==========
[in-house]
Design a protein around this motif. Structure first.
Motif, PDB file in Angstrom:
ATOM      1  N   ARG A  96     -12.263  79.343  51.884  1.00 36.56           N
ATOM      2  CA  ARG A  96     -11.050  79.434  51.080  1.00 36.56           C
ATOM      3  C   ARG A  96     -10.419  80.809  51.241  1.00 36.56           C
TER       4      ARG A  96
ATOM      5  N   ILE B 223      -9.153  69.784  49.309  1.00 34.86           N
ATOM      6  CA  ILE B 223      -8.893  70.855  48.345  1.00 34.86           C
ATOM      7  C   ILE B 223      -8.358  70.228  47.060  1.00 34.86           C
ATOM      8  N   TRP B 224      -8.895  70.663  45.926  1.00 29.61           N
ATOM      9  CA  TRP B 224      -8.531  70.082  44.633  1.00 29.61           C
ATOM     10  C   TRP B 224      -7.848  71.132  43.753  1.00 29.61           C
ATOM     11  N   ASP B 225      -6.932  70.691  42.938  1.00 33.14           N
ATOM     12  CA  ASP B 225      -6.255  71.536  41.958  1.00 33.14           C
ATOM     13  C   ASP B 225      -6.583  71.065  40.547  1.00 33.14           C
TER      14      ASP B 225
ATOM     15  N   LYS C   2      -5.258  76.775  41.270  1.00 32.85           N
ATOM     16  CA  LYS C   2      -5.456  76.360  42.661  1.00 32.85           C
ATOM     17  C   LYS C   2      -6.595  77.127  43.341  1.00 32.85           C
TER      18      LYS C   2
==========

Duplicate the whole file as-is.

[in-house]
Design a protein around this motif. Structure first.
Motif, PDB file in Angstrom:
ATOM      1  N   ARG A  96     -12.263  79.343  51.884  1.00 36.56           N
ATOM      2  CA  ARG A  96     -11.050  79.434  51.080  1.00 36.56           C
ATOM      3  C   ARG A  96     -10.419  80.809  51.241  1.00 36.56           C
TER       4      ARG A  96
ATOM      5  N   ILE B 223      -9.153  69.784  49.309  1.00 34.86           N
ATOM      6  CA  ILE B 223      -8.893  70.855  48.345  1.00 34.86           C
ATOM      7  C   ILE B 223      -8.358  70.228  47.060  1.00 34.86           C
ATOM      8  N   TRP B 224      -8.895  70.663  45.926  1.00 29.61           N
ATOM      9  CA  TRP B 224      -8.531  70.082  44.633  1.00 29.61           C
ATOM     10  C   TRP B 224      -7.848  71.132  43.753  1.00 29.61           C
ATOM     11  N   ASP B 225      -6.932  70.691  42.938  1.00 33.14           N
ATOM     12  CA  ASP B 225      -6.255  71.536  41.958  1.00 33.14           C
ATOM     13  C   ASP B 225      -6.583  71.065  40.547  1.00 33.14           C
TER      14      ASP B 225
ATOM     15  N   LYS C   2      -5.258  76.775  41.270  1.00 32.85           N
ATOM     16  CA  LYS C   2      -5.456  76.360  42.661  1.00 32.85           C
ATOM     17  C   LYS C   2      -6.595  77.127  43.341  1.00 32.85           C
TER      18      LYS C   2